You can’t open a newspaper these days without reading some headline about the economic recovery. Hopes are rising that we may actually be turning the corner – consumer demand is growing, factory orders are increasing and the unemployment rate seems to have stabilized if not significantly dropped. Each day brings a new index number that we eagerly cluster around and struggle to interpret, much like tea leaves that are open to multiple interpretations.
While understandable, these efforts to read near-term indices also present very significant risks. We continue to be seduced by near-term news, while losing any perspective on longer-term trends. These longer terms trends tell a very different story and suggest that we may be lulled into complacency by the short-term news of recovery.
Long-term performance deterioration
In our new book, The Power of Pull, we summarize the metrics that we developed for the Shift Index – the first attempt to quantify the longer-term trends that have been re-shaping the business landscape over the past four decades. Of the 25 metrics in the Shift Index, one metric in particular stands out: return on assets for all public companies in the US. Since 1965, return on assets has collapsed by 75% - it has been a sustained and substantial erosion in performance. There is no evidence of any flattening of this trend, much less turning it around.
What does this mean? It provides strong evidence that any “recovery” is merely a short-term relaxation of pressure and that there will be no “back to normal”. We often hear executives talk about the Red Queen effect where they feel they are running faster and faster to stay in the same place. The actual situation is far worse: we are running faster and faster and falling farther and farther behind. There is absolutely no reason to believe that the long-term performance erosion will not continue.
The key question is what to do about it? Market economies are generally successful in spawning innovative new approaches to overcome existing performance pressures. That has not yet happened here. The fact that this trend has continued over such a long period suggests that the causes of the performance erosion are deeply embedded in our current management practices and institutions.
Shifts in the source of value creation
The Power of Pull suggests that we are going through a fundamental shift in the source of economic value creation. In the past, economic value creation depended on proprietary knowledge stocks. The challenge for any company was to acquire some proprietary knowledge, rigorously protect it to make sure no one else had access to it, and then as efficiently as possible extract the economic value from this proprietary knowledge stock for as long as possible. As change accelerates and uncertainty grows, though, knowledge stocks depreciate at a more rapid rate. In this kind of environment, the key to economic value creation shifts to the ability to participate in a growing number of diverse knowledge flows to more rapidly refresh our knowledge stocks.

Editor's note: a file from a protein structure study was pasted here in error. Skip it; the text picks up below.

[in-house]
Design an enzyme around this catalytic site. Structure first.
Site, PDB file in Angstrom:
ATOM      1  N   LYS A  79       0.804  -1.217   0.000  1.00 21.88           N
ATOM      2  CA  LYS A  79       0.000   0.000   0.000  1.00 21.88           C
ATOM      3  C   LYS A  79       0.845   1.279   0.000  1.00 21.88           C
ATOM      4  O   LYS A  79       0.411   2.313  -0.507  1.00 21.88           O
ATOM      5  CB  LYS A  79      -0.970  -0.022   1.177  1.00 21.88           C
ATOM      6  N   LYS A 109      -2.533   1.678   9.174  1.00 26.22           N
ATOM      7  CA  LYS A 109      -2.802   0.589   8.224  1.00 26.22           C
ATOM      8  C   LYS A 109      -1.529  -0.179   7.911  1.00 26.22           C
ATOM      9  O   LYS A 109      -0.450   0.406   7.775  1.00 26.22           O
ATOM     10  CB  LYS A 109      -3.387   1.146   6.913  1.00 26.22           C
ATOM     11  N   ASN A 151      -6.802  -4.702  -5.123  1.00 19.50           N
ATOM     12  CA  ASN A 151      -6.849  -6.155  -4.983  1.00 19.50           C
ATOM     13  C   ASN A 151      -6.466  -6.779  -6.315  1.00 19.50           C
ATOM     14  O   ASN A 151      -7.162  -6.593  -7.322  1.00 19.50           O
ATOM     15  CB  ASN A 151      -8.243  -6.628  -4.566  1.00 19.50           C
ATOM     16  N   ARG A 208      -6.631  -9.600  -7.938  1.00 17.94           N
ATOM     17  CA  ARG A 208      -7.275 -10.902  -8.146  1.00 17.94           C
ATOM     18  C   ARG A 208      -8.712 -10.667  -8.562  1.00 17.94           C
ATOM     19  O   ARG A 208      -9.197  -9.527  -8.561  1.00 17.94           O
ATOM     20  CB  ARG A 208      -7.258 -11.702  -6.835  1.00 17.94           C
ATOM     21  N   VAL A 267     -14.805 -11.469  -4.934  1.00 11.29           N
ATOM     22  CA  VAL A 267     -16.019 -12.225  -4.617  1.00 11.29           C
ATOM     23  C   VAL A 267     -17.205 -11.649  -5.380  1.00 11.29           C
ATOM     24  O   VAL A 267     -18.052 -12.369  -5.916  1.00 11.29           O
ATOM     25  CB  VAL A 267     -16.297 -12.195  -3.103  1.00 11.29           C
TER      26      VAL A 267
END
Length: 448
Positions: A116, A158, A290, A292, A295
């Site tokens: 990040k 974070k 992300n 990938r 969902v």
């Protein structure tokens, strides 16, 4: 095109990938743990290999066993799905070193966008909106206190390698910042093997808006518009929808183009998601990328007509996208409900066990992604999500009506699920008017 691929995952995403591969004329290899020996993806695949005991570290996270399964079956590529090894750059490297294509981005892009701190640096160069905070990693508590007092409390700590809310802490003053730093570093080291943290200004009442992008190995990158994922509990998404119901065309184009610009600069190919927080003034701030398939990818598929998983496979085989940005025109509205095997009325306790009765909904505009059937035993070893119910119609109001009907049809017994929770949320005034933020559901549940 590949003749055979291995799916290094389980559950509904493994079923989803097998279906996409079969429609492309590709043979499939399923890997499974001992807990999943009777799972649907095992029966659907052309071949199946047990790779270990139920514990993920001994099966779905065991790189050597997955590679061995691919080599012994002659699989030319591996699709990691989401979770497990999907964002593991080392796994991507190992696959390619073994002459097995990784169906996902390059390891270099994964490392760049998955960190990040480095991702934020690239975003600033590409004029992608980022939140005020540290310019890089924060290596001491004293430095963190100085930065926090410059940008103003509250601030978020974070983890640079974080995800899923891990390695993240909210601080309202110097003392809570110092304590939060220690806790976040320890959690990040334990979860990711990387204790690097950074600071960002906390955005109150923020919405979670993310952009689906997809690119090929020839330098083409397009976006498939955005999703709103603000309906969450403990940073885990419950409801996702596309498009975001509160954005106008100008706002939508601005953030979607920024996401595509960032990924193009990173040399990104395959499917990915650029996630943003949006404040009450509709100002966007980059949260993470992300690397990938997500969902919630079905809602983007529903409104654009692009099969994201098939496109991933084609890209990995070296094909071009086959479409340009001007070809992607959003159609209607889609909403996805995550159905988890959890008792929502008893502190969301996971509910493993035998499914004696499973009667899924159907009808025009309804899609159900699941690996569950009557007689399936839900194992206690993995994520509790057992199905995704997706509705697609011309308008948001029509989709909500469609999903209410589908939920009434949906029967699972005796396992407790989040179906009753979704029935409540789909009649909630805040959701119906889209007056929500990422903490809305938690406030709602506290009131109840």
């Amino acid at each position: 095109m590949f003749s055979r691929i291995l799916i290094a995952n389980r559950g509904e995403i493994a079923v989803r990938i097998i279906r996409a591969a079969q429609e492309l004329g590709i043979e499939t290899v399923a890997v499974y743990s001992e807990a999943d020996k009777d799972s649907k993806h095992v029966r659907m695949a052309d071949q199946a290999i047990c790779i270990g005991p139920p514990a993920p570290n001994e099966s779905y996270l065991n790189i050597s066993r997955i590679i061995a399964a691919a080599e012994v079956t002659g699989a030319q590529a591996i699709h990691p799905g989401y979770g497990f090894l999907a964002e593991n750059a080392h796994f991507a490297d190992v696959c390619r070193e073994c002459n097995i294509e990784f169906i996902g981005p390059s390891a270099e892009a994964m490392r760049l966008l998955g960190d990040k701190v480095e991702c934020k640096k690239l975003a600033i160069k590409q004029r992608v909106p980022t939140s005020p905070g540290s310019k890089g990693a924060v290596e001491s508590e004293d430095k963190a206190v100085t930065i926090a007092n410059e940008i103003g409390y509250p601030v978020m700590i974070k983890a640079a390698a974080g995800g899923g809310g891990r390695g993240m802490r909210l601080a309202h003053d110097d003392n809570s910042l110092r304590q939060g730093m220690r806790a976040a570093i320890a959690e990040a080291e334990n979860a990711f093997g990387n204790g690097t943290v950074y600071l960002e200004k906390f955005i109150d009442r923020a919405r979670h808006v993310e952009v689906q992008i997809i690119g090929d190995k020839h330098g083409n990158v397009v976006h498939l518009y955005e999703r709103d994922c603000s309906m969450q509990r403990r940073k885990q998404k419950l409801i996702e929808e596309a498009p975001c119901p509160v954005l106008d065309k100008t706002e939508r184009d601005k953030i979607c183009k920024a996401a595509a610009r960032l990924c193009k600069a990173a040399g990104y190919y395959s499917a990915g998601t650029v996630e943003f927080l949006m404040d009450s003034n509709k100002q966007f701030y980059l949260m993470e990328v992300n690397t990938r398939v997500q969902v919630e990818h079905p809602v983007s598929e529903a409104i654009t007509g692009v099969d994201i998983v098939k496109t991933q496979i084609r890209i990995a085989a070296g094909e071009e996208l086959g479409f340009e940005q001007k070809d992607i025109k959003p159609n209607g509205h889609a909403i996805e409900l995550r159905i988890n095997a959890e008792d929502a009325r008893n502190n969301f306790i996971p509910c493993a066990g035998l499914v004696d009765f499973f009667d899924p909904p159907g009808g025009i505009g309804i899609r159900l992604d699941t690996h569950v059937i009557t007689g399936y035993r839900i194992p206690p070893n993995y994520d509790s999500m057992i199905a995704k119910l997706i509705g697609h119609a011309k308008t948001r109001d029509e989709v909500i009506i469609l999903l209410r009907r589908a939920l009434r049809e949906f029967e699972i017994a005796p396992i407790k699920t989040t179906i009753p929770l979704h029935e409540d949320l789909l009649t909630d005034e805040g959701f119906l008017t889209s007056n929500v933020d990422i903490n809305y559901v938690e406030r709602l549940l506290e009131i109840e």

This shift calls into question our most basic assumptions about where and how economic value gets created. Perhaps that is why firms have had such a difficult time responding to the deteriorating performance trends. Even more challenging, responding to this shift requires developing a whole new set of management practices and institutional arrangements.
Mastering the techniques of pull
We discuss these management practices under the broad rubric of pull. Rather than trying to forecast demand and design push programs to ensure that the right people and resources are in the right place at the right time, a new approach is emerging. This pull approach seeks to develop scalable pull platforms that amplify our ability to draw out the people and resources when we need them and where we need them. The pull techniques developed in lean manufacturing approaches are a promising first step, but they have only worked when there are a very limited number of participants. The leaders of a new generation of pull techniques are demonstrating the feasibility of aggregating thousands and even millions of independent and very diverse participants on global pull platforms.
As we begin to better understand these pull techniques and how they work, something interesting begins to happen. For the first time, we have the potential to shift from our current pattern of diminishing returns performance improvement (as documented in the well-known experience curve) to a business environment where we can begin to unleash increasing returns performance improvement. We are already beginning to see some of the early indications of this potential on the edges of our economy, in such diverse areas as extreme sports, online gaming and software development networks.
The good news is that there is a pragmatic migration path that can move us from where we are today to where we need to be in a world of pull. Small moves, smartly made, can in fact set big things in motion. To pursue this path, though, we will need a sense of direction, harness different forms of leverage and deploy platforms that can accelerate the pace of change.
Economic recovery? Don’t count on it. We are just beginning to understand the challenges ahead. True recovery – in other words, sustainable, long-term recovery - will only come when we pull back from the near-term events that today consume our attention and re-focus on the less visible, longer term trends playing out around us. Those who refuse to be blinded by short-term trends and focus on the longer term shift playing out in our global economy will begin to understand that the game is changing in fundamental ways. By harnessing the power of pull, they will create enormous wealth and leave those still struggling to read the tea leaves of short-term indices in the dust.